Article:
David Brightly comments:
As you use them, the terms 'fictional', 'intentional', 'possible', 'incomplete', and others like 'past' have a distinctive effect on the concept terms they qualify. Ordinary adjectives have the effect of narrowing the extension of the concept term they qualify: the red balls are a subset of the balls, the female prime ministers are a subset of the prime ministers, and so on. The terms in question have the opposite effect. They appear to widen, or indeed offset altogether, the extension of the qualified concept. They are thus potent alienating terms. So the question arises, What is the relation (if any) between the concepts 'fictional person' and 'person', between 'intentional object' and 'object', and 'possible X' and 'X'? Ordinary qualification can be uniformly understood in terms of set intersection. Is there a uniform explanation underlying these alienating qualifications?
1. First of all, contrary to what David says, there are plenty of ordinary adjectives that do not narrow the extension of the terms they qualify. There are redundant adjectives, alienans adjectives, and there is the construction known as the contradictio in adiecto. For example, 'decoy' in 'decoy duck' is an ordinary adjective despite its being an alienans adjective; it is just as ordinary as 'female' in 'female duck,' which I call a specifying adjective and which does narrow the extension of the noun 'duck.' I see no reason to say that specifying adjectives are the only ordinary ones.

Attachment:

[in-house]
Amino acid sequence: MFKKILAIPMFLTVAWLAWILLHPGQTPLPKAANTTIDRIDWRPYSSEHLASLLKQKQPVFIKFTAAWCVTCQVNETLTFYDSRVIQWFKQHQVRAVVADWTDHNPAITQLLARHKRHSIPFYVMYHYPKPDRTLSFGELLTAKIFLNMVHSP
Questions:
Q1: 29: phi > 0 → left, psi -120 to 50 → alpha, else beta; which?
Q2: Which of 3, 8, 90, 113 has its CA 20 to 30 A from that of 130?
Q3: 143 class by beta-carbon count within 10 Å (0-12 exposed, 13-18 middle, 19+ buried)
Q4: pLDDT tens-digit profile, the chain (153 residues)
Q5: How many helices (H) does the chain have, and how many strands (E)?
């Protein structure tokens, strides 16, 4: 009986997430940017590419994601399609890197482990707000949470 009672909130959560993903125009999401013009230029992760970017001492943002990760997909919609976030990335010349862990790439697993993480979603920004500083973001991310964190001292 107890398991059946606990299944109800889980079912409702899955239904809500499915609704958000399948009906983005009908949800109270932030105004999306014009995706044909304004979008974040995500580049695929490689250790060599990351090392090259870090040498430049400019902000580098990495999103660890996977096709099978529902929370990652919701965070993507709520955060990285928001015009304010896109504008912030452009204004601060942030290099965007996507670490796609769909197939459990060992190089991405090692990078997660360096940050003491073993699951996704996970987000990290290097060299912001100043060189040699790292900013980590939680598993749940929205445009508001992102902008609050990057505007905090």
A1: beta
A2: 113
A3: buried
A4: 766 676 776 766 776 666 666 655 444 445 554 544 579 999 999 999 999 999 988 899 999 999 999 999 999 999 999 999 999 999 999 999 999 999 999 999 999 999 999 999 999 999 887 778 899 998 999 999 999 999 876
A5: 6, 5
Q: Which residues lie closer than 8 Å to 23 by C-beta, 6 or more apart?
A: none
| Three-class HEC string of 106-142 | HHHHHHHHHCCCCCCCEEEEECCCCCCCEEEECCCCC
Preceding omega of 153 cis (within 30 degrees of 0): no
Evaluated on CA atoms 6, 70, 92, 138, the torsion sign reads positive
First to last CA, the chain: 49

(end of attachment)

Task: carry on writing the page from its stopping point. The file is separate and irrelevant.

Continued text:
2. We can agree on this: red balls are a proper subset of balls, and female prime ministers are a proper subset of prime ministers. We will also agree that round balls are a subset of balls, though not a proper subset, and that female girls are an improper subset of girls. We could say that the last two examples illustrate the null case of specification. We could make a distinction between properly specifying and improperly specifying adjectives corresponding to the distinction between proper and improper subsets.
3. We can also agree that specificatory qualification (but not all qualification) can be uniformly understood in terms of set intersection if the intersection is non-null. The set of cats and the set of dogs has an intersection, but it is the null set. Intersection is defined over all sets, disjoint or not, hence one cannot say that the set of dogs and the set of cats do not intersect. They intersect all right; it is just that their intersection is empty. 'Canine cat' is an example of a contradictio in adiecto which reflects the fact that the corresponding sets are disjoint. 'Canine' does not specify 'cat.' It does not divide the genus into two species, the canine cats and the non-canine cats.